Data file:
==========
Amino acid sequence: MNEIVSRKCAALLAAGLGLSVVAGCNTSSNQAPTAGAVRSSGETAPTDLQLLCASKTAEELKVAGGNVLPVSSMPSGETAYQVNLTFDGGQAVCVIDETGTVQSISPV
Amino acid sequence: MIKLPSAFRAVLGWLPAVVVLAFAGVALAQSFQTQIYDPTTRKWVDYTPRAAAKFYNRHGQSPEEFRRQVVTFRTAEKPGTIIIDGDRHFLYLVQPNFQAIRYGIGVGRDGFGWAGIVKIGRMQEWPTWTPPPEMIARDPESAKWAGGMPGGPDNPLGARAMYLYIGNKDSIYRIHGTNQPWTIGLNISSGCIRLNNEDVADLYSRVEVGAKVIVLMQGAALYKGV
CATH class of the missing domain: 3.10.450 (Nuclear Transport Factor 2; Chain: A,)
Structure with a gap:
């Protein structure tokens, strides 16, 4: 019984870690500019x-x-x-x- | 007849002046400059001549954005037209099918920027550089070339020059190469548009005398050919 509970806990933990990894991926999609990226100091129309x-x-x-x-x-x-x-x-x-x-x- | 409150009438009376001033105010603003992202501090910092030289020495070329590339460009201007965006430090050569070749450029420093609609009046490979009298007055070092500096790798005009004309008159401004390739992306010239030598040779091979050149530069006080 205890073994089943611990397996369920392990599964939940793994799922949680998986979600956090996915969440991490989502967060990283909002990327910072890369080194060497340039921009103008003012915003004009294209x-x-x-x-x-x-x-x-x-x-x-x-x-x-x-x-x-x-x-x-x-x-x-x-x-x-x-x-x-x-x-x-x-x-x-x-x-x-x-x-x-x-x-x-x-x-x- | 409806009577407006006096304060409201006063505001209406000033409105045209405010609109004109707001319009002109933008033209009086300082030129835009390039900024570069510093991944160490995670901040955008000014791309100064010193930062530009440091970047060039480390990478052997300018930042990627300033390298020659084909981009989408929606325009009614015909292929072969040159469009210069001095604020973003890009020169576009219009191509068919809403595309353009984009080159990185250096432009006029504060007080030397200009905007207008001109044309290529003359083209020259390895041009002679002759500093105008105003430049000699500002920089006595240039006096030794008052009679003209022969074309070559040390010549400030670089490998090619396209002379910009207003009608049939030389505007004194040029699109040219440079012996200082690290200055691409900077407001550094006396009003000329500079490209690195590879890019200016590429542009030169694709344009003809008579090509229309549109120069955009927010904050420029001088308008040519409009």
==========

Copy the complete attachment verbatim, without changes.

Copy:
Amino acid sequence: MNEIVSRKCAALLAAGLGLSVVAGCNTSSNQAPTAGAVRSSGETAPTDLQLLCASKTAEELKVAGGNVLPVSSMPSGETAYQVNLTFDGGQAVCVIDETGTVQSISPV
Amino acid sequence: MIKLPSAFRAVLGWLPAVVVLAFAGVALAQSFQTQIYDPTTRKWVDYTPRAAAKFYNRHGQSPEEFRRQVVTFRTAEKPGTIIIDGDRHFLYLVQPNFQAIRYGIGVGRDGFGWAGIVKIGRMQEWPTWTPPPEMIARDPESAKWAGGMPGGPDNPLGARAMYLYIGNKDSIYRIHGTNQPWTIGLNISSGCIRLNNEDVADLYSRVEVGAKVIVLMQGAALYKGV
CATH class of the missing domain: 3.10.450 (Nuclear Transport Factor 2; Chain: A,)
Structure with a gap:
């Protein structure tokens, strides 16, 4: 019984870690500019x-x-x-x- | 007849002046400059001549954005037209099918920027550089070339020059190469548009005398050919 509970806990933990990894991926999609990226100091129309x-x-x-x-x-x-x-x-x-x-x- | 409150009438009376001033105010603003992202501090910092030289020495070329590339460009201007965006430090050569070749450029420093609609009046490979009298007055070092500096790798005009004309008159401004390739992306010239030598040779091979050149530069006080 205890073994089943611990397996369920392990599964939940793994799922949680998986979600956090996915969440991490989502967060990283909002990327910072890369080194060497340039921009103008003012915003004009294209x-x-x-x-x-x-x-x-x-x-x-x-x-x-x-x-x-x-x-x-x-x-x-x-x-x-x-x-x-x-x-x-x-x-x-x-x-x-x-x-x-x-x-x-x-x-x- | 409806009577407006006096304060409201006063505001209406000033409105045209405010609109004109707001319009002109933008033209009086300082030129835009390039900024570069510093991944160490995670901040955008000014791309100064010193930062530009440091970047060039480390990478052997300018930042990627300033390298020659084909981009989408929606325009009614015909292929072969040159469009210069001095604020973003890009020169576009219009191509068919809403595309353009984009080159990185250096432009006029504060007080030397200009905007207008001109044309290529003359083209020259390895041009002679002759500093105008105003430049000699500002920089006595240039006096030794008052009679003209022969074309070559040390010549400030670089490998090619396209002379910009207003009608049939030389505007004194040029699109040219440079012996200082690290200055691409900077407001550094006396009003000329500079490209690195590879890019200016590429542009030169694709344009003809008579090509229309549109120069955009927010904050420029001088308008040519409009």